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Iraq Transition

Iraq rape-slaying scene detailed at hearing

Suicide bomber kills 14 at funeral in Hussein's hometown

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BAGHDAD, Iraq (CNN) -- Four witnesses took the stand Sunday as a preliminary hearing began for four U.S. soldiers charged in connection with the rape and slaying of an Iraqi and the killing of her family in Iraq.

The witnesses testifying on the first day of the hearing at Camp Victory, near Baghdad, included an Iraqi army medic who graphically described the state of the bodies after the alleged crimes in Mahmoudiya.

Members of the media were allowed to hear the testimony of the medic and of the soldiers' battalion commander, Lt. Col. Thomas Kunk. The other two witnesses were unidentified Iraqis, and reporters were not permitted to hear their testimony, The Associated Press said. (Watch testimony from second day of hearings -- 1:54)

The medic, who was not identified for security reasons, said he was the first emergency responder on the scene and detailed the gunshot wounds found on the family's bodies, according to the AP.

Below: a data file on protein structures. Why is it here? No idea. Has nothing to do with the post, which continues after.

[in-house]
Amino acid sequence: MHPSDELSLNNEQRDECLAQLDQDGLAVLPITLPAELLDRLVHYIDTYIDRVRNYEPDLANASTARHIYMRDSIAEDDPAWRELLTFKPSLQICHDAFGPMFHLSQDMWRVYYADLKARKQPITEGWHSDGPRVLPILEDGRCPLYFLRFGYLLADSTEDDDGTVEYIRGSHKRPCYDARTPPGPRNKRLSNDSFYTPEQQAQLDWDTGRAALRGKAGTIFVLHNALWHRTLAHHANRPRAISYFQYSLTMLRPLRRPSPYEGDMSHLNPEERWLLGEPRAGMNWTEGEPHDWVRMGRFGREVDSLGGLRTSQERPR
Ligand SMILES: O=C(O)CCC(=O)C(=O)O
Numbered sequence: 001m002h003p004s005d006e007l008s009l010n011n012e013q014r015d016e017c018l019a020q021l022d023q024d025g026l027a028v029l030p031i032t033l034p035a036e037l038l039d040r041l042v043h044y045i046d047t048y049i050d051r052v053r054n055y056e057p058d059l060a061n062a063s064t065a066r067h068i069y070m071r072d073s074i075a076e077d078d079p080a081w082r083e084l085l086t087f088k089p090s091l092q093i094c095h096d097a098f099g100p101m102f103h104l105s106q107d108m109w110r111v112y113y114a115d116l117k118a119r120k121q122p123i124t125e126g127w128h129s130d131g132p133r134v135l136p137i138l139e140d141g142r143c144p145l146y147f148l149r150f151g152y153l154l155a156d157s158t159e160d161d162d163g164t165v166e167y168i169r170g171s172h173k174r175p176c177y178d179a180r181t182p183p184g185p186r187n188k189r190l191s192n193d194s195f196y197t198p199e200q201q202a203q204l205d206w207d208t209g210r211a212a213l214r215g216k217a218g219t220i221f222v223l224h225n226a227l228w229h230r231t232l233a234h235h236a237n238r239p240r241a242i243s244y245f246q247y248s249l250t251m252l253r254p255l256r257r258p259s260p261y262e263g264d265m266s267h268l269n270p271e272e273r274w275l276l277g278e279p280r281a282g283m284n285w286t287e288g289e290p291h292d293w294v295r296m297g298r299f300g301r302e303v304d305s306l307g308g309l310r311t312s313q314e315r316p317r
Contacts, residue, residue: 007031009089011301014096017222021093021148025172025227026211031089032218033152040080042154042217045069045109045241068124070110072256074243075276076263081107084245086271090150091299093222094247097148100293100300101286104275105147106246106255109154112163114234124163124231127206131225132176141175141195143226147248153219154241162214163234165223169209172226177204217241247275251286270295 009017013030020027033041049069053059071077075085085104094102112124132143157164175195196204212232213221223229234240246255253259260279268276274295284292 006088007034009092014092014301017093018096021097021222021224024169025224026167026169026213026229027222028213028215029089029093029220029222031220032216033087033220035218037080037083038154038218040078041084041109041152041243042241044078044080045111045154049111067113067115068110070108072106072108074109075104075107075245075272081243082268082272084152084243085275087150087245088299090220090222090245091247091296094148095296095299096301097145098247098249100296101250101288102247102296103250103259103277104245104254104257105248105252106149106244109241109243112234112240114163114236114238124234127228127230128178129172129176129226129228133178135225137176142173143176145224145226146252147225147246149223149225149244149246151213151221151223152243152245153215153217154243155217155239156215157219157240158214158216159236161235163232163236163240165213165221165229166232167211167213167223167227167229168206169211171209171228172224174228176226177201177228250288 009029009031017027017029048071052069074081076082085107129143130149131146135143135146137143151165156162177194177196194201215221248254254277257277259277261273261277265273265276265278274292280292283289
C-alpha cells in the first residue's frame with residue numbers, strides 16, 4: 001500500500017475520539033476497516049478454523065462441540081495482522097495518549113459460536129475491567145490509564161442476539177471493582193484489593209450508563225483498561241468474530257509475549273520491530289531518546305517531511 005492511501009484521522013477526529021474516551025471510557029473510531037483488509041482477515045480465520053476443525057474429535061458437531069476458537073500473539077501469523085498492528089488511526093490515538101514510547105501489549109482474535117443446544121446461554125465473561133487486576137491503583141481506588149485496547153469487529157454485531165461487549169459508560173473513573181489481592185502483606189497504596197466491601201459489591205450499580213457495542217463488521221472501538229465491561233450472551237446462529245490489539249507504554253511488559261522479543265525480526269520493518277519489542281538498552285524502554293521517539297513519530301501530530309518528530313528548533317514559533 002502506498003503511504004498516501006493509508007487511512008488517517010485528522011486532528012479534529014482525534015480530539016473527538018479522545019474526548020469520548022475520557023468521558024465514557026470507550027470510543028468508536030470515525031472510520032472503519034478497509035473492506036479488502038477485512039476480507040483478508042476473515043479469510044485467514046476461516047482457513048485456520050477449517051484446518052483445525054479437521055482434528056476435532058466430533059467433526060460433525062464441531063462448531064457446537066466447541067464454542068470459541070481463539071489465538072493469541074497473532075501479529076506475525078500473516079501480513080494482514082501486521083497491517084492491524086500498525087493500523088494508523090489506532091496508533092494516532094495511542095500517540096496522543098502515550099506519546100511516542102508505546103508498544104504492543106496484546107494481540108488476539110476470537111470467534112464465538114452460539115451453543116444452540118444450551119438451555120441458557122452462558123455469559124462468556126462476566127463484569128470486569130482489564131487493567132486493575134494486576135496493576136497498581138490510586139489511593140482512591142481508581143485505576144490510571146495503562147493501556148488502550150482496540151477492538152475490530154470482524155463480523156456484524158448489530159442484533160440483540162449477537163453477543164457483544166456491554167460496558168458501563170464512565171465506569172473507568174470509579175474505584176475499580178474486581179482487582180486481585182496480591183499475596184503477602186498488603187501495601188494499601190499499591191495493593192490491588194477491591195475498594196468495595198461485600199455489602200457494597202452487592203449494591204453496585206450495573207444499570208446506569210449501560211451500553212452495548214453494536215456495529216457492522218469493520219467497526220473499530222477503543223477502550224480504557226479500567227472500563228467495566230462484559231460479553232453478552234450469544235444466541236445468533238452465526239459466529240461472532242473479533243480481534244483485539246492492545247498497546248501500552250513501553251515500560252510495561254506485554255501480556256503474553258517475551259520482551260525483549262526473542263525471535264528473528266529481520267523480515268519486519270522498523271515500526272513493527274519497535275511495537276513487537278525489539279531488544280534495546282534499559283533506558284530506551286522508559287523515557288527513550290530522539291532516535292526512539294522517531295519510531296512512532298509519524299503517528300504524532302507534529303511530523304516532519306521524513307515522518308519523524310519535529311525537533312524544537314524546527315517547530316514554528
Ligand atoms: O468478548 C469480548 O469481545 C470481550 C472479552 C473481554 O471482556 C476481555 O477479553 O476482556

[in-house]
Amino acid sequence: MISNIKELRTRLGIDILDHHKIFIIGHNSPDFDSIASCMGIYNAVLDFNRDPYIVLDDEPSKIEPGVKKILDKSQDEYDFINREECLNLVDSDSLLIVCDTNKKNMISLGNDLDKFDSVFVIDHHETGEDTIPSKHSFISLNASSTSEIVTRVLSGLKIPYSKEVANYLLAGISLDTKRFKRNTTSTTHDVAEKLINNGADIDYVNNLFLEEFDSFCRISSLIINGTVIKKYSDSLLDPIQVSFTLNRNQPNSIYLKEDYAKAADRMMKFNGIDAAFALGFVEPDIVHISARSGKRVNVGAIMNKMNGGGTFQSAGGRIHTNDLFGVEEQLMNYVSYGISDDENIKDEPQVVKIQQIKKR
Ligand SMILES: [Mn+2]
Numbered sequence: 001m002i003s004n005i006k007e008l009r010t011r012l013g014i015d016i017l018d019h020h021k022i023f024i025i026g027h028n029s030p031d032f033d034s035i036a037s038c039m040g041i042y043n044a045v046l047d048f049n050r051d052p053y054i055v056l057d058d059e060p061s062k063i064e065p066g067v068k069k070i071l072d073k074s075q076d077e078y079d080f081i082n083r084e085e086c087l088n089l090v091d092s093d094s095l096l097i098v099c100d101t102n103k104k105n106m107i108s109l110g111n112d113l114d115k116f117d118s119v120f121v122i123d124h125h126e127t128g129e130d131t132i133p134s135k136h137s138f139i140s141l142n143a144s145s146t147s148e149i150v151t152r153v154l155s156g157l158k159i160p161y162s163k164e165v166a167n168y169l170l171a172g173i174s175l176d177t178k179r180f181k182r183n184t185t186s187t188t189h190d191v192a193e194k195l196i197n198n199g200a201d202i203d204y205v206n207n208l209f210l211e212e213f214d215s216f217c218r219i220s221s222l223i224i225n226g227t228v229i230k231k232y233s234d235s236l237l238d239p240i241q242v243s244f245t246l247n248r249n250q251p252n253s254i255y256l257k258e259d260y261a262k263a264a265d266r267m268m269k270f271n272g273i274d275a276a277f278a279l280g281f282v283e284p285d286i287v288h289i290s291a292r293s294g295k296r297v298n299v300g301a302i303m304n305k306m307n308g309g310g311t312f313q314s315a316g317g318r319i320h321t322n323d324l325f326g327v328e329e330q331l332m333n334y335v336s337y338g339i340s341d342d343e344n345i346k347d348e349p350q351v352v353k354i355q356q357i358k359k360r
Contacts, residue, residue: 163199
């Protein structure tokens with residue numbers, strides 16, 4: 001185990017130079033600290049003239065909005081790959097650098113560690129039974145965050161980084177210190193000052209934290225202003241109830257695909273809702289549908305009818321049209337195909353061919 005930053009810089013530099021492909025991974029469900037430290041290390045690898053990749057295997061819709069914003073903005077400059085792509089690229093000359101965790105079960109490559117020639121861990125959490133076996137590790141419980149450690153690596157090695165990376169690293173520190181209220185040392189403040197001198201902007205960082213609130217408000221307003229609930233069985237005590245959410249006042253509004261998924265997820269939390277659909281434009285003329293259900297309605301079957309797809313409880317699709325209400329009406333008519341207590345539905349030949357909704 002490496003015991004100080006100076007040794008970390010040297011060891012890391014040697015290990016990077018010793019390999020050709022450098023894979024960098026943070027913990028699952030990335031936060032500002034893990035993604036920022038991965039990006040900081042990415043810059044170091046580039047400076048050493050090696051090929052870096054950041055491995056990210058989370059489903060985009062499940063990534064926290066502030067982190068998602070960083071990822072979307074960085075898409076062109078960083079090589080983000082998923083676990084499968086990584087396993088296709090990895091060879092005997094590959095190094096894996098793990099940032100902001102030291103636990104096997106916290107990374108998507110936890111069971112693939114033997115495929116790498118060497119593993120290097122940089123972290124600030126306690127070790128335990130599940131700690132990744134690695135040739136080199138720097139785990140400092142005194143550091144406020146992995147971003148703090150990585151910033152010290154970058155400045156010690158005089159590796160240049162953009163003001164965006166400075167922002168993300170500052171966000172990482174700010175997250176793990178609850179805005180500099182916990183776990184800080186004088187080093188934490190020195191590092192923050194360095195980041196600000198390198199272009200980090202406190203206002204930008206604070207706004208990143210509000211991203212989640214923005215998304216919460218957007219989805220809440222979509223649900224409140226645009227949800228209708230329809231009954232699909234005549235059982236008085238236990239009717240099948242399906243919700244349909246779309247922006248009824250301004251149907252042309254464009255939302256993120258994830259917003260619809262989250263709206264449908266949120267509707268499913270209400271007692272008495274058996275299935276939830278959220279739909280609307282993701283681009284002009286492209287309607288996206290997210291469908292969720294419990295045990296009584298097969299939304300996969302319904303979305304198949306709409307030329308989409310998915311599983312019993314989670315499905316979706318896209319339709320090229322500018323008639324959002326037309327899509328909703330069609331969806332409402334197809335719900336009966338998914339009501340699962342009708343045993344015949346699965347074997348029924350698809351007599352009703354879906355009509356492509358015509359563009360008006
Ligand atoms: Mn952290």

"I was feeling very bad," he was quoted as saying. "I was sick for almost two weeks."

Sgt. Paul E. Cortez, Spec. James P. Barker, Pfc. Jesse V. Spielman, and Pfc. Bryan L. Howard were all charged with conspiring with former Pfc. Steven D. Green to commit the alleged crimes, the military said.

The four could face the death penalty, the military has said. The so-called Article 32 hearing is the military equivalent of a probable cause or preliminary hearing.

A fifth soldier, Sgt. Anthony W. Yribe, was charged with failing to report the alleged rape and killings but is not accused of being a direct participant. He is not facing an Article 32 hearing at this time.

Green, who was discharged from the Army in May because of an "anti-social personality disorder," faces rape and murder charges in federal court.

The incident took place in March in Mahmoudiya, just south of Baghdad. A Justice Department affidavit filed in Green's case says Green and other soldiers planned the rape.

The affidavit says Green shot and killed a woman's relatives, including a girl of about 5 years of age, then raped the woman and fatally shot her. It says the incident took place "on or about March 12, 2006."

Identity cards and death certificates obtained by Reuters news agency suggest the rape-murder victim was 14 years old.

In his testimony, Kunk described his interrogations of Yribe, Barker and Green.

Kunk said he was first made aware of the incident after a telephone call from company commander Capt. John Goodwin on June 19. He testified that Goodwin informed him of the alleged murders and asked him for guidance.

Immediately after that phone call, Kunk said, he made plans to travel to Yusifiya, where Goodwin was stationed, to investigate the incident.

Kunk recalled interviewing Yribe, whom he described as the first coalition soldier to get to the scene of the killings. He described the sergeant as straightforward and said Yribe "said he didn't have any participation that day."